By Debbie Meroff
Ever wonder what's it like to:
- Make friends with men and women who have been abandoned because they have AIDS, and help them live--or die--with dignity?
- Create alternative jobs for infected transgender people who have begun a new life in Christ?
- Show orphaned kids how to dream again?
- Run a shelter for HIV-infected drug addicts who are shunned by society?
- Live every day with the virus...yourself?
The 17 different individuals from AIDSLink who met in the UK this 6-11 June could tell you.
These very special men and women arrived from five continents with mixed goals for AIDSLink International's 2013 symposium. But all were eager to discuss thoughts, exchange ideas, and strengthen each other in the tough roles God has assigned them.
A plethora of thoughts emerged from guest speakers Peter Fabian, UK Director of AIDS Care, Education and Training (ACET) and Marcy Madzikanda, from the Terrence Higgins Trust, the UK's biggest NGO targeting HIV.
Practical sessions by Ian Orton of TearFund showed participants how to effectively debrief traumatised individuals or groups. And Elke Hannsmann helped everyone analyse their daily lives and working conditions, and what steps they could take to improve them.
Of course, a morning with George Verwer was a motivational high. With his customary zest and humour he delivered a message about "God in the midst of the mess". Following a question and answer period he honoured AIDSLink leader Rosemary Hack by presenting her with his famous global jacket.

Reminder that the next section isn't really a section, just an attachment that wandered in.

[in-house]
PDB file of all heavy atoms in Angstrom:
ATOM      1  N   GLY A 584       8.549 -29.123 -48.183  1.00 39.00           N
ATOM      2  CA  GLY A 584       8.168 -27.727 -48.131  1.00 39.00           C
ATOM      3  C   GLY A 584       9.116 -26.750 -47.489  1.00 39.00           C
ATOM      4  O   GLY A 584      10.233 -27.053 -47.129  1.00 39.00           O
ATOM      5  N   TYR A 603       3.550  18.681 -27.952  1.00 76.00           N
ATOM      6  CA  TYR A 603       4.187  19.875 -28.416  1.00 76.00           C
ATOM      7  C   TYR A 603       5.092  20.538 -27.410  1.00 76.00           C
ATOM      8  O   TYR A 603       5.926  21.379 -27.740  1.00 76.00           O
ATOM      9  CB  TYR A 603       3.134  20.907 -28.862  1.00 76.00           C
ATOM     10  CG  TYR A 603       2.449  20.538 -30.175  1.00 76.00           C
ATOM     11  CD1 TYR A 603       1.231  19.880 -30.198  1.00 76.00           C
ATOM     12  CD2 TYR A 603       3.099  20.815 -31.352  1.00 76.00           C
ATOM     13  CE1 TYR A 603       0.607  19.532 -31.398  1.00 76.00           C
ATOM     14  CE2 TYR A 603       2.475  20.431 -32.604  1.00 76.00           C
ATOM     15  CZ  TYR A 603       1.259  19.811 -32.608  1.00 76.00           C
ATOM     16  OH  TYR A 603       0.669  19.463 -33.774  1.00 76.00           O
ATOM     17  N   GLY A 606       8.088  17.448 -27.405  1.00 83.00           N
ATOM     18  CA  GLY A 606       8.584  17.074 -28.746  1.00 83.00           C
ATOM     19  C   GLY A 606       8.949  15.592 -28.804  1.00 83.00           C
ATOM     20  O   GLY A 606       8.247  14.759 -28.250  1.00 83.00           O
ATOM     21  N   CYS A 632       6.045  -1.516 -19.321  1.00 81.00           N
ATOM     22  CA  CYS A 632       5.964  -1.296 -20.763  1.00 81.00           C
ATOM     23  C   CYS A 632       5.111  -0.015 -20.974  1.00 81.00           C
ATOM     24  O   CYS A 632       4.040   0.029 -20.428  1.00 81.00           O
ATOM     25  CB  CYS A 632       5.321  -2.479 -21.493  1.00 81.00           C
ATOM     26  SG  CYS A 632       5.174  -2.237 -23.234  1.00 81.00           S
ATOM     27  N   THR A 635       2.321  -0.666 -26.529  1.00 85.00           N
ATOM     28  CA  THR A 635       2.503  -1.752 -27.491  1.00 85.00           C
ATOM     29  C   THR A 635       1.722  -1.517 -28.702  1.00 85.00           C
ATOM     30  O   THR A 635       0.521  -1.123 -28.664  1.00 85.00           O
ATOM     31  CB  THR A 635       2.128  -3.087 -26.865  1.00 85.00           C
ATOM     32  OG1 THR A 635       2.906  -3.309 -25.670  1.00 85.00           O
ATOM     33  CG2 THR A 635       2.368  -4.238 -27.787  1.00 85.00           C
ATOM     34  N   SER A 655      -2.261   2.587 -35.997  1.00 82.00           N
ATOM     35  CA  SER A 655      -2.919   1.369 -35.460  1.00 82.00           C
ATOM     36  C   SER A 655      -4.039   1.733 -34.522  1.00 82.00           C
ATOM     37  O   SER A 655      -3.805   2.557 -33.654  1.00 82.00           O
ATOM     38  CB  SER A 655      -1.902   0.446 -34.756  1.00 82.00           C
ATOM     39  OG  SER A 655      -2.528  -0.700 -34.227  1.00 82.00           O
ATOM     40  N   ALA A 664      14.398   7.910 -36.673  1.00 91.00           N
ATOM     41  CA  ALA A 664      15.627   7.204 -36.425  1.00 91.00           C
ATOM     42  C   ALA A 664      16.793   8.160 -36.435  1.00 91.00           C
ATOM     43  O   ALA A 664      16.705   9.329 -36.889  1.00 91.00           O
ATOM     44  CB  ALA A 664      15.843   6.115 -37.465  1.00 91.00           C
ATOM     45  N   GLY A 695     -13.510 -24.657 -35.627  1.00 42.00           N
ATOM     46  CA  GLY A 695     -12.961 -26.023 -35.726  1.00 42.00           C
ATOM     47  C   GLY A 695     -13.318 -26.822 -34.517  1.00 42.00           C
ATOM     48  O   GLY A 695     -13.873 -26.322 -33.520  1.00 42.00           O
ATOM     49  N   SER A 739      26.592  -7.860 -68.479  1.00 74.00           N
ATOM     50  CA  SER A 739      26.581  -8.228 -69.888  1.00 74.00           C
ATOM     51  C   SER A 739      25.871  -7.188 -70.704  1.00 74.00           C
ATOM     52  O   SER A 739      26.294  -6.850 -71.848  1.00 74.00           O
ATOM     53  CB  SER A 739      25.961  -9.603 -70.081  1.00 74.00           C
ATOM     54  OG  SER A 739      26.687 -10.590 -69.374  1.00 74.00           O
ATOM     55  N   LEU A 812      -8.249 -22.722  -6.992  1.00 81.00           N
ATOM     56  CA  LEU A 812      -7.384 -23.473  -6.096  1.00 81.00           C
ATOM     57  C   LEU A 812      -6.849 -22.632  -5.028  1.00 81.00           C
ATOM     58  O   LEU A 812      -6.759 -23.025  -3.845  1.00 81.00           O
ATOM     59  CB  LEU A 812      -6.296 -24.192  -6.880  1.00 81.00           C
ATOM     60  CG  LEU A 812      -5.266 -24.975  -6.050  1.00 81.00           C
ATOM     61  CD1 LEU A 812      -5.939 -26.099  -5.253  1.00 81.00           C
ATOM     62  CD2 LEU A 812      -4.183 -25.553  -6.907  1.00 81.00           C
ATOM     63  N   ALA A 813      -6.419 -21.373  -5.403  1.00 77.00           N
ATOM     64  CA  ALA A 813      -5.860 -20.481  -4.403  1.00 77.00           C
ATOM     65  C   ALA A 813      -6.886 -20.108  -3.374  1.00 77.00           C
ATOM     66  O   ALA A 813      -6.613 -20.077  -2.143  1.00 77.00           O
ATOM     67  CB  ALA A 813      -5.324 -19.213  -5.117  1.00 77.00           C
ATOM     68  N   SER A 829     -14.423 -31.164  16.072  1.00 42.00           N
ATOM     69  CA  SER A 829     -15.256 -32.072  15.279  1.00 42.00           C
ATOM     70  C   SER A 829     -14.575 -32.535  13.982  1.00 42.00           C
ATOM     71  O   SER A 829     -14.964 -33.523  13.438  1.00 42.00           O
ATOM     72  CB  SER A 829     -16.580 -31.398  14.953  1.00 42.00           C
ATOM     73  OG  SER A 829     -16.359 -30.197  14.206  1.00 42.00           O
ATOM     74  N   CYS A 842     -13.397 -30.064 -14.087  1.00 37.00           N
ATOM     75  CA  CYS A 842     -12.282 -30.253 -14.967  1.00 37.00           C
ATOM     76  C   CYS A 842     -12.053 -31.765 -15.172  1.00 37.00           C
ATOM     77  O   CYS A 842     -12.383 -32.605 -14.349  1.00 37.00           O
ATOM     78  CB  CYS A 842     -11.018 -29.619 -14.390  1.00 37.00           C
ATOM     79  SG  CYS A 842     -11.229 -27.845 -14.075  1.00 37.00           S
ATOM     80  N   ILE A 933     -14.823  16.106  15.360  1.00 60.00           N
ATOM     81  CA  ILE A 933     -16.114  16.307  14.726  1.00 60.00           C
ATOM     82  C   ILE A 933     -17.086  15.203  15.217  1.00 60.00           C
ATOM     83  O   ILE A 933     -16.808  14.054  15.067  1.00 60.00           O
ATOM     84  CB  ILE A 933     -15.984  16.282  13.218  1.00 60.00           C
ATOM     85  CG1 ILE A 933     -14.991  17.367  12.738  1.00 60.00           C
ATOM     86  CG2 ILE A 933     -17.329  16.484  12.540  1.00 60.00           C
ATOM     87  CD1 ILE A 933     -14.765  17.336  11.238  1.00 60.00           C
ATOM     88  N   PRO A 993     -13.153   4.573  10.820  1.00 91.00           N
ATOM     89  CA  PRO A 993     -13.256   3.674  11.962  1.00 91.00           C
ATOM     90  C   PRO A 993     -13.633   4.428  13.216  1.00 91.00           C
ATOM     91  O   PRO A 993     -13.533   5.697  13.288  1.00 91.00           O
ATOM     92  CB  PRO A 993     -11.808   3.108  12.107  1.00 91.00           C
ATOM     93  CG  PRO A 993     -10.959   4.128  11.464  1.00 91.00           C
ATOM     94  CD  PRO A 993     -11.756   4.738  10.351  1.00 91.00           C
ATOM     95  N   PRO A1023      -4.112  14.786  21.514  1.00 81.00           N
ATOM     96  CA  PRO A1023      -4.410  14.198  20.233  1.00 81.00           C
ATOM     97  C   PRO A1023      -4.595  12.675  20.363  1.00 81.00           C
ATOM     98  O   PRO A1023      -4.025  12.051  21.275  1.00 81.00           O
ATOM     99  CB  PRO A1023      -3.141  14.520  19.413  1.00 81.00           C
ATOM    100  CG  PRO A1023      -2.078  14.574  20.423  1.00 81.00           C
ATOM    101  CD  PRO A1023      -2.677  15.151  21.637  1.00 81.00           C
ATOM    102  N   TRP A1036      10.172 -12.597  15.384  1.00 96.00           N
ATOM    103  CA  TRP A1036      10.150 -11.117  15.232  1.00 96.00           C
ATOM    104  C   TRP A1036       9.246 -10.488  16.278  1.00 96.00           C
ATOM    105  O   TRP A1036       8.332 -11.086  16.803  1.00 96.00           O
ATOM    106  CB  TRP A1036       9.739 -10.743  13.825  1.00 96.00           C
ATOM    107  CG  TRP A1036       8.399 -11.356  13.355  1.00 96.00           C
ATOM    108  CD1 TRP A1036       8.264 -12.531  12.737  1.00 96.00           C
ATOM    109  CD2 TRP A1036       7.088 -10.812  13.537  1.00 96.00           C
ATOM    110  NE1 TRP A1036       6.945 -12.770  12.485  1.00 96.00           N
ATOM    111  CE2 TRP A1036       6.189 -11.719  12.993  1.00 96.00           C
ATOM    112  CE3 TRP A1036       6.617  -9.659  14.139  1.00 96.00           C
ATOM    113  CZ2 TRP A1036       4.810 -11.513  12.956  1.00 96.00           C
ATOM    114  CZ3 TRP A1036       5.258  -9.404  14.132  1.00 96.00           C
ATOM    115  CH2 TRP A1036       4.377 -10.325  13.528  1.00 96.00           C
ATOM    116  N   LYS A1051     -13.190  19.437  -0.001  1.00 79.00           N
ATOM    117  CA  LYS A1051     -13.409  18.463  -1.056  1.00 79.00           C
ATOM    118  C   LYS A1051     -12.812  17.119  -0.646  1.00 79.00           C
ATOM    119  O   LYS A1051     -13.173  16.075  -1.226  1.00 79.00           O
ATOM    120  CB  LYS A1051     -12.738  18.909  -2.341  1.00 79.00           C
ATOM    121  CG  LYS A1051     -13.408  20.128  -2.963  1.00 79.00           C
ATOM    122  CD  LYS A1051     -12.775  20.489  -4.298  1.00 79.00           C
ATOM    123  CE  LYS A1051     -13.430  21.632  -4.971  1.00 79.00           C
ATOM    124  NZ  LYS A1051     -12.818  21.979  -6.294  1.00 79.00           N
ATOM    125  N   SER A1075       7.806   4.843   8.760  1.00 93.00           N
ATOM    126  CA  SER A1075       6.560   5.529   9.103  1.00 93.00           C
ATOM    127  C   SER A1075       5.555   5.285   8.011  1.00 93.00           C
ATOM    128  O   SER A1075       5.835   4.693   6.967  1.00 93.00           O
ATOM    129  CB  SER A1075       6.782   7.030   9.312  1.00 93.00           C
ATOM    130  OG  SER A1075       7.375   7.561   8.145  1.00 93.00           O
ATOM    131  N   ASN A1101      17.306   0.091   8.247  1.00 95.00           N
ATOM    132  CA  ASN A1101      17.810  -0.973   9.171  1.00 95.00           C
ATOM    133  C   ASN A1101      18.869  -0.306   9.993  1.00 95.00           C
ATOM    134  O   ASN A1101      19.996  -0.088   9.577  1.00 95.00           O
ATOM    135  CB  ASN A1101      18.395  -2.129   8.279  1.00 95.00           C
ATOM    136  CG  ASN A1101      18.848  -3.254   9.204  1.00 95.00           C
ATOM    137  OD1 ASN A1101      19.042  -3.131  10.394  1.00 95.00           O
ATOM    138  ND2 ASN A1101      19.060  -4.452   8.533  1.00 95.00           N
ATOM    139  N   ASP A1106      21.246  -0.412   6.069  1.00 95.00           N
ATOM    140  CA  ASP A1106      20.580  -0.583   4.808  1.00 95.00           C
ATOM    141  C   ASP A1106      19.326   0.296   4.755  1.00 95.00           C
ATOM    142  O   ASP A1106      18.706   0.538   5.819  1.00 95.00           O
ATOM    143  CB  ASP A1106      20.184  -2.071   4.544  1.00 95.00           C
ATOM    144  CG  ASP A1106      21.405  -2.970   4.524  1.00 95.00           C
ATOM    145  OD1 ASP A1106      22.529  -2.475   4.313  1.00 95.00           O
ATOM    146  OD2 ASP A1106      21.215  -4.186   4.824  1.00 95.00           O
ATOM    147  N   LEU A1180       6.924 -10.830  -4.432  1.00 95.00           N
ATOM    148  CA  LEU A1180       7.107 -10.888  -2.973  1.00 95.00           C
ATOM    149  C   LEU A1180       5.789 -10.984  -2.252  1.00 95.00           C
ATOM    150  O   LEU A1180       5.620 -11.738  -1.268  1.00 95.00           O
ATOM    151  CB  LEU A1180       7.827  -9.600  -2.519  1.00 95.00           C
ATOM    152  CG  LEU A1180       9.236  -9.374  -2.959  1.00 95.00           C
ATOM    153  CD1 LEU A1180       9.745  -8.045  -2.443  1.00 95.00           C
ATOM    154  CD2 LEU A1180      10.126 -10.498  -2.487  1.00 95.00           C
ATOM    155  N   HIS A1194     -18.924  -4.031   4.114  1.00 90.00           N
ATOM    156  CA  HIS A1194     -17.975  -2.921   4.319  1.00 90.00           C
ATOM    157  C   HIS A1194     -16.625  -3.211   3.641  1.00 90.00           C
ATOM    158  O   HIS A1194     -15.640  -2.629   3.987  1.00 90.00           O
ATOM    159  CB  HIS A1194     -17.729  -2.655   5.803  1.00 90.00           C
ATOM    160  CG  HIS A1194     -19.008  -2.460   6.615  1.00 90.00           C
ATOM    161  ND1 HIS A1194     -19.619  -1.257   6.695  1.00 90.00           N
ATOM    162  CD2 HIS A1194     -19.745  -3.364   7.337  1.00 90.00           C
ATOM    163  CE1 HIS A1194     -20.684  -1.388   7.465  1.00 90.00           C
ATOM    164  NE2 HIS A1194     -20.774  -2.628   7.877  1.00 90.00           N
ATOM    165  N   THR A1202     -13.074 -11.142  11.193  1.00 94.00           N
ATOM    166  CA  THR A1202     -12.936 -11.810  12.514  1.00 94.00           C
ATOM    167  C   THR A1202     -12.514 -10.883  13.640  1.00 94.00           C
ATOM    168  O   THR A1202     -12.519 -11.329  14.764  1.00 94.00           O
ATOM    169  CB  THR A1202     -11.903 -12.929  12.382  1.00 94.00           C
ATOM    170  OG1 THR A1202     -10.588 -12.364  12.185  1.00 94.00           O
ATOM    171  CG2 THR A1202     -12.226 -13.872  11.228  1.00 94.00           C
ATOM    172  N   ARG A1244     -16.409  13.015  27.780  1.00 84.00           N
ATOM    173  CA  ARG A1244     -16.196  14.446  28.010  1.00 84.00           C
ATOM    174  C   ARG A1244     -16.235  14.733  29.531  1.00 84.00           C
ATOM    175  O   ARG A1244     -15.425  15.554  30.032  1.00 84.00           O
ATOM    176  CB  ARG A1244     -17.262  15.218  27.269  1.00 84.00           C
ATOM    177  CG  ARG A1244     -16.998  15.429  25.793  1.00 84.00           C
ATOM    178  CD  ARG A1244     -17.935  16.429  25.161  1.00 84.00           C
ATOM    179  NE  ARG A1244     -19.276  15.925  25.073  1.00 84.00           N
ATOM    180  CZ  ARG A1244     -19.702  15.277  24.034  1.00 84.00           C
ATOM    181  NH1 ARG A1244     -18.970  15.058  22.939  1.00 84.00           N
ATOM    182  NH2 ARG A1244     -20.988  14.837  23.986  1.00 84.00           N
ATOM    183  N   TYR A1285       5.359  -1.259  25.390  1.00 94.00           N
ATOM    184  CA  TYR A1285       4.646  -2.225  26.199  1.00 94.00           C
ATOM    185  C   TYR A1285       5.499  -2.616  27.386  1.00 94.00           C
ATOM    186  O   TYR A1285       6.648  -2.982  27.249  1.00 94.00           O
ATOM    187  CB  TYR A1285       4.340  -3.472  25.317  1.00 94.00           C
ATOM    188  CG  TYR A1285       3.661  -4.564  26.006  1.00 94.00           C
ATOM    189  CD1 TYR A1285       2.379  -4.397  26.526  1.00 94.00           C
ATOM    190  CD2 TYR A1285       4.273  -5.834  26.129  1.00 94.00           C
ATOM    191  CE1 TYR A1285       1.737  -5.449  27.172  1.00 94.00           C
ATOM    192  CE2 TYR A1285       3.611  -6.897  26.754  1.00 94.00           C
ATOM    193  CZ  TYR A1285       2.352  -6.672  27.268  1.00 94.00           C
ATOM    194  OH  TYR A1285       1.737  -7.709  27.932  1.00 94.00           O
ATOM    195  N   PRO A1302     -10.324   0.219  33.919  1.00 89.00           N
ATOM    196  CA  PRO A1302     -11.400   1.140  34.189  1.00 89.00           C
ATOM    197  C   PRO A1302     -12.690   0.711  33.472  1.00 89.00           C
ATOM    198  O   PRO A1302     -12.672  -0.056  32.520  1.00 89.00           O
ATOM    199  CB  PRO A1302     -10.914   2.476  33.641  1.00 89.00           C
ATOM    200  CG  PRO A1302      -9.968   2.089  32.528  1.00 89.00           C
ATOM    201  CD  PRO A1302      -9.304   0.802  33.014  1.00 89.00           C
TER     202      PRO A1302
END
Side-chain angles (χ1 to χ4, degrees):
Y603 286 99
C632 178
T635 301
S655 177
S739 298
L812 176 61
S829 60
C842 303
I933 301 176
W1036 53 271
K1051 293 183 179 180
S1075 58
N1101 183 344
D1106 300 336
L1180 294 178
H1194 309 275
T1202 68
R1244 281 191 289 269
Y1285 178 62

But perhaps the best part of the week was hearing individuals share from their hearts about their work in South and Central Asia, India, South Africa, Lake Tanganyika, Zambia, Siberia, Trinidad and Tobago, Costa Rica, Singapore and other countries. Stories of laughter and tears, triumph and tragedy brought much-needed catharsis, creating a bond that only those who understand what it is to live very close to the marginalised can feel.
This was not only a chance to assess the past, however, but to get to grips with what still needs to be done. The fact is, 34 million people in today's world are living with a virus for which there is no cure. Forty-six per cent of people who need treatment aren't getting it. And one in five people who carry the virus don't even realise it.
In spite of the trend to downplay HIV–popular with governments anxious to cut health budgets–the statistics are heart-stopping. God needs more people on His team who will face facts and care about the hurting–people like the men and women of AIDSLink.
A link is defined as something that serves to connect one part with another: a bond or tie. For AIDSLink workers, love for the Lord and for a suffering world is what keeps them going. So is knowing they aren't alone.